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Hurtwood House - a top co-ed boarding school

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Cardiff Sixth Form College - Top Independent School and Top 6th Form College

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Hurtwood House

Sevenoaks - a top IB School

Sevenoaks - a top IB School

Tonbridge School - a top boys' boarding school

Tonbridge School - a top boys' boarding school

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Brighton College - a top co-ed boarding school

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Woldingham School

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The Cheltenham Ladies' College - a top girls' boarding school

New LSE research says alumni from Britain’s top public schools 94 times more likely to reach the most powerful positions – HMC Chair’s statement

1st November 2017

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New LSE research says alumni from Britain’s top public schools 94 times more likely to reach the most powerful positions – HMC Chair’s statement

LSE research states that the alumni of the nine Clarendon schools within HMC have been 94 times more likely to become leaders in British society than those who attended any other school based on their historical analysis of Who’s Who. Researchers studied various birth cohorts between 1830 and 1969 and found pupils from other HMC schools were 35 times more likely to achieve such positions.

The joint lead authors of the paper, Dr Aaron Reeves of the International Inequalities Institute at LSE and Dr Sam Friedman of the Department of Sociology at LSE, commented:  “Although the Clarendon schools have not always been the best performing schools in the country they have consistently remained the most successful in propelling their alumni into elite positions.

“Clearly their power lies beyond simple academic excellence and may be rooted in an extensive extra-curricular education that endows old boys with a particular way of being in the world that signals elite male status to others. While the democratisation of education clearly dented the influence of these elite schools, their power remains a testament to how far adrift Britain lies from true equality of opportunity.”

Chris King, Chair of HMC and Head of Leicester Grammar said:

“This research shows the consistent quality of these schools through times of change in society and government policy.  It is wrong and illogical suggest the richness of their extra-curricular provision ‘signals’ male status; in fact it is the essence of a rounded education and helps develop resilience, team work and appreciation of others’ points of view.

“Two of these schools are now co-educational; further reason why this research does not serve as a guide to modern-day realities.

“Independent schools are increasingly sharing their teachers, facilities, drama, sport and events with state schools. So, rather than criticise excellence, let us find new ways to work together to help all pupils reach their potential.”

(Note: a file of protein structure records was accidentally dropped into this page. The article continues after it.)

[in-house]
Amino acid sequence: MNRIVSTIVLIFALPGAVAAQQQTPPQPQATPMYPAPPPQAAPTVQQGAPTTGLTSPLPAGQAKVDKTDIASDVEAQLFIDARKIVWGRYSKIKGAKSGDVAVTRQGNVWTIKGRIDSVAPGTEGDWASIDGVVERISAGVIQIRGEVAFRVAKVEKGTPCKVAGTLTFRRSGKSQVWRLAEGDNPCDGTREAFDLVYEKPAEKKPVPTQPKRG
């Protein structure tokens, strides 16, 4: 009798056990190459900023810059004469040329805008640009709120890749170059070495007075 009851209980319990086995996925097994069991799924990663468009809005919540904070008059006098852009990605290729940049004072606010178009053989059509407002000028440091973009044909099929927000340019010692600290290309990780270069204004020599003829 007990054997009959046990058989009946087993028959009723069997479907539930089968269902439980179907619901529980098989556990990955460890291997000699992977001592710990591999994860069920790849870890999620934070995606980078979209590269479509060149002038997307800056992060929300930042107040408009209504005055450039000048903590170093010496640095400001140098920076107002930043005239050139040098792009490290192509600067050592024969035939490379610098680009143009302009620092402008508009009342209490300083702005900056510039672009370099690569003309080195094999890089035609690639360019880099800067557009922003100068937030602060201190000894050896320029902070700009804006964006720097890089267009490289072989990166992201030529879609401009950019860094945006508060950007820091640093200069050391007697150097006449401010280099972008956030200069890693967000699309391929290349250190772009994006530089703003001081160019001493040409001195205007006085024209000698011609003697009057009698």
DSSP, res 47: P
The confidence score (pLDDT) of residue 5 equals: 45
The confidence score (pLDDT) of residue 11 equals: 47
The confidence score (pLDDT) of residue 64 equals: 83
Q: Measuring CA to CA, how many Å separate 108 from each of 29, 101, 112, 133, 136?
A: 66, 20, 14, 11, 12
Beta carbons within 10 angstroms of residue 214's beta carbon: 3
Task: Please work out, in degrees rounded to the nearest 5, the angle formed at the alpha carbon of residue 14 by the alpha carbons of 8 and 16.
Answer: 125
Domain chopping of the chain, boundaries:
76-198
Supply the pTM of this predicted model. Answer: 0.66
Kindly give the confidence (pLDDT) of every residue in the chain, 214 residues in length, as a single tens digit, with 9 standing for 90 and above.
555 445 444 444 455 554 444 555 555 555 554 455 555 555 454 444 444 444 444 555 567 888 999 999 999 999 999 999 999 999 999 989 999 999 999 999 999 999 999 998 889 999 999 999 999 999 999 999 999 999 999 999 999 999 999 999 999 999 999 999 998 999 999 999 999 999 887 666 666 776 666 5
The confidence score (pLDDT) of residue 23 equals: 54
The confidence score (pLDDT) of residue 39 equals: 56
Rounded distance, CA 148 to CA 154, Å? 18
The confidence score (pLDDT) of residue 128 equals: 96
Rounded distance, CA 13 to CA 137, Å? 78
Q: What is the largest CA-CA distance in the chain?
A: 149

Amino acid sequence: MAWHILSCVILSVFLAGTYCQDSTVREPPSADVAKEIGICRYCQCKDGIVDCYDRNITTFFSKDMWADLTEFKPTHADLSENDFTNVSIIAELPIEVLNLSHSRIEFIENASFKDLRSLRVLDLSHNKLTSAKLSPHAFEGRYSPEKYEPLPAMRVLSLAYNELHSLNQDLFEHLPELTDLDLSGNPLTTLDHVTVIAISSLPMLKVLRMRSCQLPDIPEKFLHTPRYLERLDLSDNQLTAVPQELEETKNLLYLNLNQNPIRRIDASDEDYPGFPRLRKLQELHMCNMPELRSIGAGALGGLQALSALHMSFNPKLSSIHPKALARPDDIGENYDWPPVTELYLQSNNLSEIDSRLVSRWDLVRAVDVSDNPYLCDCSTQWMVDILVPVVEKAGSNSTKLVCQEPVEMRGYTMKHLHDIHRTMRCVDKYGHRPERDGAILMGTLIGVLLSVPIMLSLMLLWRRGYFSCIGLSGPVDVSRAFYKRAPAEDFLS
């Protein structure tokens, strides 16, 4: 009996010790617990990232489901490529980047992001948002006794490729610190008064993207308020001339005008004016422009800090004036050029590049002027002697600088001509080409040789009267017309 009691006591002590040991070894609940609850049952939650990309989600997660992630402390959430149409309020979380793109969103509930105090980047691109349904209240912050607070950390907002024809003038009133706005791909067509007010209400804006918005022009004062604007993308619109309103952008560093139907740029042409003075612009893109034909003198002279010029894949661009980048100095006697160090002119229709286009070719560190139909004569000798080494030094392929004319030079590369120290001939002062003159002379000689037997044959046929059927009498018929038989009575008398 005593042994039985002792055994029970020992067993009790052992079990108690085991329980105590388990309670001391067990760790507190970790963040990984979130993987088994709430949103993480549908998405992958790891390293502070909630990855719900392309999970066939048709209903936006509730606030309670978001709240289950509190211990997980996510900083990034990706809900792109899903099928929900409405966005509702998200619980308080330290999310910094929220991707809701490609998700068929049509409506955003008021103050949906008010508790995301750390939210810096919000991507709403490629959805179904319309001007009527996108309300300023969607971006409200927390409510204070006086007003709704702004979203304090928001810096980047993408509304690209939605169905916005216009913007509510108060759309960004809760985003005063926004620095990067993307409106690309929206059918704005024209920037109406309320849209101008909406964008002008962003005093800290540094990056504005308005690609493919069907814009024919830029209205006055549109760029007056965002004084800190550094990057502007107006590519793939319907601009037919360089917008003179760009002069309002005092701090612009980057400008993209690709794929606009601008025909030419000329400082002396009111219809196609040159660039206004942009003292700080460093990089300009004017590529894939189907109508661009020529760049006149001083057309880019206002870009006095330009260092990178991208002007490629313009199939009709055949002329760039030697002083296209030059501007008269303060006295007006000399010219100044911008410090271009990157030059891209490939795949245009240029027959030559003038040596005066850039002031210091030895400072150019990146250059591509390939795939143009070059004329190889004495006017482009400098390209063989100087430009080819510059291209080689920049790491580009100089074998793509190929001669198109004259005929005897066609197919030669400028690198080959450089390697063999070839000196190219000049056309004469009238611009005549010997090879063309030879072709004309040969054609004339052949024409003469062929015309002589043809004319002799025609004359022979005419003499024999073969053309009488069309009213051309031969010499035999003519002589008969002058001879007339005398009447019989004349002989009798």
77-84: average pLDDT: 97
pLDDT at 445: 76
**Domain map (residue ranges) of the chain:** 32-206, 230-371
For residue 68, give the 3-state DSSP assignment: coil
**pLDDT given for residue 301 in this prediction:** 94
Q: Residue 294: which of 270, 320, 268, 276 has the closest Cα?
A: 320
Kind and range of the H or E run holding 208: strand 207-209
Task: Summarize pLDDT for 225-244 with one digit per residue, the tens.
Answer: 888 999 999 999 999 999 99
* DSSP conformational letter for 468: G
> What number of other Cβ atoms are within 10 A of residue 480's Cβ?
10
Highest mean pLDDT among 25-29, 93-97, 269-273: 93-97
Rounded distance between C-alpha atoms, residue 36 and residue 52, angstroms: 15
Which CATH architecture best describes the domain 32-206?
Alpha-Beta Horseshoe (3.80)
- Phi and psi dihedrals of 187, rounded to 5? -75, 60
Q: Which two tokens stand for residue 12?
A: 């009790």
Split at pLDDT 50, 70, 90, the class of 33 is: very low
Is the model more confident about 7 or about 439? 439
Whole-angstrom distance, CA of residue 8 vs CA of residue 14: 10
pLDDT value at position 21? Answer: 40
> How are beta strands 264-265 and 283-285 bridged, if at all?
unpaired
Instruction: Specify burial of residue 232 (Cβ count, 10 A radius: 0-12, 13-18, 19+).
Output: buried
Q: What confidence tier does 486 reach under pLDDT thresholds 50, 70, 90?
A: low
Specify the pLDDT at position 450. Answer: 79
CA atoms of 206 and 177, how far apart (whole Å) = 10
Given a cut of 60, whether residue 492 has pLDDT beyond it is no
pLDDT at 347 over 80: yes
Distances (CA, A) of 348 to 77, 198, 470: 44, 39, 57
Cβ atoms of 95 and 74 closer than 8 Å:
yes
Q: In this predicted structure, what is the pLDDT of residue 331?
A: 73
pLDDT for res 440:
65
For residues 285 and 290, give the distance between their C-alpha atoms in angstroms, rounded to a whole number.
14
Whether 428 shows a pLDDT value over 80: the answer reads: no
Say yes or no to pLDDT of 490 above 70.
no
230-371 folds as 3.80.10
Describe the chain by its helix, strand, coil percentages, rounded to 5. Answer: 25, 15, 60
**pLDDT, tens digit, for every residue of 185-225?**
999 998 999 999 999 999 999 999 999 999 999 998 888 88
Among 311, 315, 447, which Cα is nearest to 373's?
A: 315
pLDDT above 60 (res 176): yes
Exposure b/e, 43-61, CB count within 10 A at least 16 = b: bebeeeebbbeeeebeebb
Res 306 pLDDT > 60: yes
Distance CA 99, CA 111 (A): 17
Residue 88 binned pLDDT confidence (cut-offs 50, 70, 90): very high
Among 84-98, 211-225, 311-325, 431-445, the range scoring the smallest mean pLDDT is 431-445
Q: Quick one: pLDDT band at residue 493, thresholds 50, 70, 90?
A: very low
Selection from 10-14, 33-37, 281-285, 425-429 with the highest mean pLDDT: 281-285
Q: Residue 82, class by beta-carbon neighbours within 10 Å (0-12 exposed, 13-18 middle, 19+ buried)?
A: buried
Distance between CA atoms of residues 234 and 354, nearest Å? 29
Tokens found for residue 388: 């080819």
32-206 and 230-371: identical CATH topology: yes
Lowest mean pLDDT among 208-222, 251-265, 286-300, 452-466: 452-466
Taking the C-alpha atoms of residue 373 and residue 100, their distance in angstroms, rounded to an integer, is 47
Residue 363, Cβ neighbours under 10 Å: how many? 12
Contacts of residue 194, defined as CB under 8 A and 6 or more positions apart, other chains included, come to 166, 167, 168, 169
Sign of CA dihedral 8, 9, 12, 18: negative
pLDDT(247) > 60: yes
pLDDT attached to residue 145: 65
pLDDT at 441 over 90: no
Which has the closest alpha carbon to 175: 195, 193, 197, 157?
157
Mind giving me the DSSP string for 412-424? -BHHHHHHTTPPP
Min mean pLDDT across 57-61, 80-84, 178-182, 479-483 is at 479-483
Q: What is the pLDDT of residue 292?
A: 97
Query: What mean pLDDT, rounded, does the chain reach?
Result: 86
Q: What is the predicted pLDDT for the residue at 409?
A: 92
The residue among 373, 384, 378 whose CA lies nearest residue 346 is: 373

Read more at: http://www.hmc.org.uk/blog/new-lse-research-says-alumni-britains-top-public-schools-94-times-likely-reach-powerful-positions-hmc-chairs-statement/?utm_content=bufferc1401&utm_medium=social&utm_source=twitter.com&utm_campaign=buffer

Improving inspection frameworks in schools

Significant changes to private school inspection processes have been introduced by the Department for Education (DfE). Christine Ryan, CEO of the Independent Schools Inspectorate (ISI), looks at the key details of the new inspection framework and explains how the not-for-profit organisation continues to work with member schools to achieve educational excellence

Two key changes to inspections were implemented last year which have produced a separation of educational performance and regulatory compliance, as detailed below:

  • Educational Quality Inspections report on how well the school performs in terms of the achievement and personal development of pupils. These two judgements are each graded on a four-point scale (excellent, good, sound and unsatisfactory). The report explains why a school achieves the outcomes it does by referring to contributory factors such as teaching and pastoral systems. By explaining the reasons for the outcomes the report indicates how well the school caters for pupils of different needs and abilities, how broad the education is, what the atmosphere of the school is like in terms of the ethos, behaviour of pupils and relationships and how well pupils are cared for. Recommendations are made to help schools identify and address areas for improvement and build on good practice.
  • Regulatory Compliance Inspections report on whether the school meets the minimum standards set out by the DfE for all independent schools. Action points set out what the school must do to improve and these are followed-up by the DfE.

For a detailed look at the latest changes to independent school inspections see Ofsted’s School Inspection Handbook.

Read more at: http://independentleader.co.uk/improving-inspection-frameworks-in-schools/

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